Who knows what makes a man or woman a stranger in their own land, an internal exile. Maybe like Villon it was his dismissal of the vanities of court life, the vacuity of the student life, or the lure of the outlaw life when bourgeois society (and France in the 15th century was reaping the beggar’s banquet of bourgeois society, beginning to create those little master craftsmen workshops that would dominate the French economy until very recently) and it took no Karl Marx to notice that the old ways had to give way to the new city ways with their gold and death to free spirits, to those who lived outside allegiances. Maybe like Ginsberg shattered by the smoke of downtown Paterson, maybe shattered by the hysterical cries of his beloved if discarded mother, maybe shattered by the square-ness of his father-poet. Maybe like Jean bon Genet born of some ancient mix of the crime that dared not speak its name and crimes that had names. Trolling waterfronts looking for rough trade, looking for his lady of the flowers. Strangers, strangers all looking for some new Algiers, some new Casablanca, and incense, some new city a-borning.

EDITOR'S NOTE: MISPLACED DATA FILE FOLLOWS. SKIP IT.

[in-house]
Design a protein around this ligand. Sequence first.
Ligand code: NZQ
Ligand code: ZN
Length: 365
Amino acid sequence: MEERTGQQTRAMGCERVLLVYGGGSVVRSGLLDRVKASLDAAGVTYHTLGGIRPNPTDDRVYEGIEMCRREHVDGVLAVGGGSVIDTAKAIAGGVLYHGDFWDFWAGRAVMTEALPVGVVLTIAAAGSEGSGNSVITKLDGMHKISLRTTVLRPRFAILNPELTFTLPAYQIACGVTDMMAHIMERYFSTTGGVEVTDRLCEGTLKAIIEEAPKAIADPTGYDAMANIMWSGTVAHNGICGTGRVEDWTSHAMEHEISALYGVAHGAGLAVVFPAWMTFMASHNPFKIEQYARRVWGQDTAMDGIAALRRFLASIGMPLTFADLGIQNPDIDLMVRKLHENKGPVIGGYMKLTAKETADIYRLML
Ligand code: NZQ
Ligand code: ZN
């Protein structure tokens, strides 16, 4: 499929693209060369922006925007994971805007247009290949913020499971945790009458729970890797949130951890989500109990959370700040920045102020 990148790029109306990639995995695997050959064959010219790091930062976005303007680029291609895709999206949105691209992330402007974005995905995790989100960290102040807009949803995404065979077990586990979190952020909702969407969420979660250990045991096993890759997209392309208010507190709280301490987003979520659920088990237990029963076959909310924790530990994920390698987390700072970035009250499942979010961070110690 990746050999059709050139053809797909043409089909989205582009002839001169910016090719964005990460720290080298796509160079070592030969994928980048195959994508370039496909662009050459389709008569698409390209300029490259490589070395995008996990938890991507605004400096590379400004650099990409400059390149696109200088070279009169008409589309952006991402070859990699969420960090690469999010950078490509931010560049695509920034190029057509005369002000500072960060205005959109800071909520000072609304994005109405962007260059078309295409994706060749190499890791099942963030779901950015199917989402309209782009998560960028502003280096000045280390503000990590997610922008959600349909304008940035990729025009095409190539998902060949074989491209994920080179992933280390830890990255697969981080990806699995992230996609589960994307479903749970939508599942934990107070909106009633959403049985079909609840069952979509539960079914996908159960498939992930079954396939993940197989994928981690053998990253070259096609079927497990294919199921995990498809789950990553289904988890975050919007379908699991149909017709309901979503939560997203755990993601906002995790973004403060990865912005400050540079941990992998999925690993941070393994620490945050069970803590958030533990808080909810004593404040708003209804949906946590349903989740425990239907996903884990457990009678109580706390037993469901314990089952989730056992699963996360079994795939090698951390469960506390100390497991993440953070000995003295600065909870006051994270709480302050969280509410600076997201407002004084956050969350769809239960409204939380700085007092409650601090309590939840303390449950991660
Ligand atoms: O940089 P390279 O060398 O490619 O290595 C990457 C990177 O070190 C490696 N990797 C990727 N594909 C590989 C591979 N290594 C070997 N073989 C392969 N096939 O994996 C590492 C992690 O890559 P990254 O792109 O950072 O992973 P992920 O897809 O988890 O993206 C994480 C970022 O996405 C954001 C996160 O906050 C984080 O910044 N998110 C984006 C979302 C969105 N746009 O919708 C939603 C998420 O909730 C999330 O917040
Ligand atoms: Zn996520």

Villon, lord of the sneak away night, besotted with six wines, drunk with the fragrance of women. Women who reek of the kingdom’s perfumes and if Hilary Mantel is to be believed over in bedeviled England of the time all the women worked lilac and lemon tree leaves into their skin so that guys, guys like Villon ready to seek a lady’s favor could stand to be within ten feet of them. Reeking of words too, Villon reeking of words that is, quick words, words with hidden messages, words heard in taverns, on wormy mattresses, in stinking hayloft barns, unholy holy words that would make men quake if they had the sense that their God gave them as a gift (or was it the son, the damn crazed son, Jesus, called bandit), stealthily grabbing whatever was to be grabbed and the hell with the lord business. Then writing in dark dungeon nights looking for reprieves from a wretched life.

Beautiful, a beat down brother, no wonder Alan the wandering homeless out of fashion intellectual in The Petrified Forest claimed Villon as kindred, and why he could have walked on steamy late night New York streets and found kindred among the midnight sifters. Beat, beatified before his time probably clamoring on some woe begotten trumpet, blowing out big medieval blow notes to the hard Seine, the hard Norman shores, to all who would listen, Yeah, Saint Villon, sanctified, man of misrule, man of the hidden cloth, beat, beat about six ways to Sunday if you believe his resume, if you believe his 15th century be-bop wail. What did Kerouac, hell, a kindred, a Breton, said-yes, moan, moan long and hard for man, and Saint Villon grant us some sign, some path that we might come to rescue you in sotted, sweated dungeons, so that you too can walk the fetid streets singing, holy, holy, holy.